The effect of youth unemployment and economic recession in health. Some unexpected results from Spain

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The effects of the economic crisis on mental health have been a recurring matter of speculation and research in the past years. The WHO already published a report on the subject in 2011.  Only last month, several studies/data were widely reported in the media: a study from the US showing a sharp increase in suicides tied to external circumstances at the onset of the financial crisis in 2007; data from the UK showing an increase in male suicides that could be influenced by the recent recession; as well as data from 63 countries showing that unemployment is a far bigger factor in suicides than the economic crisis.

Apart from their effect on mental health, economic recession might also adversely affect general health and lifestyle behaviours. We have just published a study* that looked into self-rated health status, diagnosed morbidity and mental health in young Spanish people in 2006 and 2012 and the effect of unemployment in them. This is very relevant to Spain, as it is one of the countries heavily affected by the crisis, with the unemployment rate reaching 27% for adults and up to 57% in young people.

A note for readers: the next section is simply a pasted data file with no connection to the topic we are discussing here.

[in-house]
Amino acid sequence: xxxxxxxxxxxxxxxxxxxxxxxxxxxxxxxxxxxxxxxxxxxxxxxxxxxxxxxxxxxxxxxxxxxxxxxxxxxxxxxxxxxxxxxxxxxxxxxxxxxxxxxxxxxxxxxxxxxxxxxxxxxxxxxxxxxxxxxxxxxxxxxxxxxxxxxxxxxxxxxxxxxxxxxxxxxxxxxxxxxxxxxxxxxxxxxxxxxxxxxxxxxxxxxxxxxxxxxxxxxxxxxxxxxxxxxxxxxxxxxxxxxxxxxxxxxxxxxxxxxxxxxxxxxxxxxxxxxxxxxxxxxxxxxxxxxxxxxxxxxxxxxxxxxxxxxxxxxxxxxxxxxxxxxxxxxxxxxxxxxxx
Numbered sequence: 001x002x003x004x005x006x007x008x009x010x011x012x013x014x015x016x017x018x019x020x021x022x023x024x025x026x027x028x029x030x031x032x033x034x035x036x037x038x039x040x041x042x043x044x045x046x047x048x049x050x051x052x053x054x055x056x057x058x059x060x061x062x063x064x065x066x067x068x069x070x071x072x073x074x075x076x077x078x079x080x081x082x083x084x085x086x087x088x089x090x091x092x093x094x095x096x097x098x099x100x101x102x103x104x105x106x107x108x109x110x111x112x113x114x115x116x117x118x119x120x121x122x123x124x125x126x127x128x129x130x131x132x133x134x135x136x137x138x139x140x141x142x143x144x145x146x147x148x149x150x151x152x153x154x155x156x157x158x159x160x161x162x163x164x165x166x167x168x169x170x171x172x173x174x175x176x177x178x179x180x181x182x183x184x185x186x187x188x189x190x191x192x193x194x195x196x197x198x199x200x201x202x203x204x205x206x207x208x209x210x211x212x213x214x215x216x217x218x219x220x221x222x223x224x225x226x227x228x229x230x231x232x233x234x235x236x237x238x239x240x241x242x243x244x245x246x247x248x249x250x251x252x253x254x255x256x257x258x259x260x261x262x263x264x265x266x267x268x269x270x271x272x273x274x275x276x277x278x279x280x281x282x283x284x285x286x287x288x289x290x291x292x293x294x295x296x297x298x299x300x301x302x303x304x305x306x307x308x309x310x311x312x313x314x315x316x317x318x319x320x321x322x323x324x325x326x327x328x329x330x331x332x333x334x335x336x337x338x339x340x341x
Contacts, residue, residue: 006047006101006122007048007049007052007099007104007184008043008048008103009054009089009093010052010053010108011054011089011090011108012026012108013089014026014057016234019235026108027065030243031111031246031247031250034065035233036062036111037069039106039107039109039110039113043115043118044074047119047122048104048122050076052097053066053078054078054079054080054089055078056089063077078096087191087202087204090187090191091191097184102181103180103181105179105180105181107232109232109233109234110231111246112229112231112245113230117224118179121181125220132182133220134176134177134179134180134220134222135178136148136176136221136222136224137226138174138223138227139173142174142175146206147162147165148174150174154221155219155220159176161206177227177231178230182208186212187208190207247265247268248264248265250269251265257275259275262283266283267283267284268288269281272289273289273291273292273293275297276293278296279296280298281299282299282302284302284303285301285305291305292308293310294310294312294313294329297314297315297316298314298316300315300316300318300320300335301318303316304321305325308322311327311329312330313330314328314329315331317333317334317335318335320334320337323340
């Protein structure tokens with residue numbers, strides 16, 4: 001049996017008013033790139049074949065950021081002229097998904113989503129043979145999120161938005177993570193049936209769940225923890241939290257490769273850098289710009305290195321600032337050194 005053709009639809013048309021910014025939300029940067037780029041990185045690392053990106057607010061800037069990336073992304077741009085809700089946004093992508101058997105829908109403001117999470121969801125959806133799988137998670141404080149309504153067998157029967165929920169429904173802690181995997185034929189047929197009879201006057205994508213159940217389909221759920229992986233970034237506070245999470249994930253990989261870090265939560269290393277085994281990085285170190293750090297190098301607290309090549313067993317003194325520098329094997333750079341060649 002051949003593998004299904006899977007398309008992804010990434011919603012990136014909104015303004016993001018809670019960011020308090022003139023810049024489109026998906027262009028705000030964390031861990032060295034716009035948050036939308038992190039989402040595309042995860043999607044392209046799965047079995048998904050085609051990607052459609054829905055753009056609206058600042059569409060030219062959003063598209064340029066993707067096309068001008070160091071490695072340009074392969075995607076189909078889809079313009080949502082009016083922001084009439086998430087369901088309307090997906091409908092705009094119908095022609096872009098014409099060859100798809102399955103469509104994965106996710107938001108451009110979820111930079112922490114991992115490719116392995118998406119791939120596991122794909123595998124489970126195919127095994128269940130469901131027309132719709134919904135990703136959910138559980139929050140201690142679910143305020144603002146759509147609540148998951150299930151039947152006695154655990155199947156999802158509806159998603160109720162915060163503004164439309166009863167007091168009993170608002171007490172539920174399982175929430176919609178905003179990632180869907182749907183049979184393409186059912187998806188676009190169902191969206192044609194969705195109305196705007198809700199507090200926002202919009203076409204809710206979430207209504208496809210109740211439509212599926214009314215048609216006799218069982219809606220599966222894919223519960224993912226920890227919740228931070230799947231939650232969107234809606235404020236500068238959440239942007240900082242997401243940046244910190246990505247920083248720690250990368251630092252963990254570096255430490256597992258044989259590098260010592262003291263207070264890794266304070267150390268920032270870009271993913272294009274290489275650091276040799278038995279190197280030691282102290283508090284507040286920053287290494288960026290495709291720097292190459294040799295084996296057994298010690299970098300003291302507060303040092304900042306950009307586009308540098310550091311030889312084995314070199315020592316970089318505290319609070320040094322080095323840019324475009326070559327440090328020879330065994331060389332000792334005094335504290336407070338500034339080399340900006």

Data were taken from the 2006 and 2012 Spanish National Health Survey (ENSE). A total of 3701 people aged 16-24 are contributing data to the current publication. The main results of the study can be summarised as follows:

  • Unemployment increased in 2012, especially in men.
  • However, improvement in self-rated health was observed for both genders in 2012 (especially for women)
  • Male unemployment was associated with poor self-rated health, mental disorders and tobacco consumption
  • Unemployed who had never worked consumed less tobacco and alcohol compared to short-term unemployed.

In summary, despite economic recession, young Spanish people presented with better self-rated health, diagnosed morbidity and mental health in 2012 compared to 2006 (especially women). As the authors note, these findings contrast those of other studies from Spain and other European countries too.

How do you think such findings can be explained? The authors offer some possible explanations, but I would also be interested to hear your opinion!

 

 

 

* this paper was written by Isabel Aguilar-Palacio, Patricia Carrera-Lasfuentes and M. José Rabanaque

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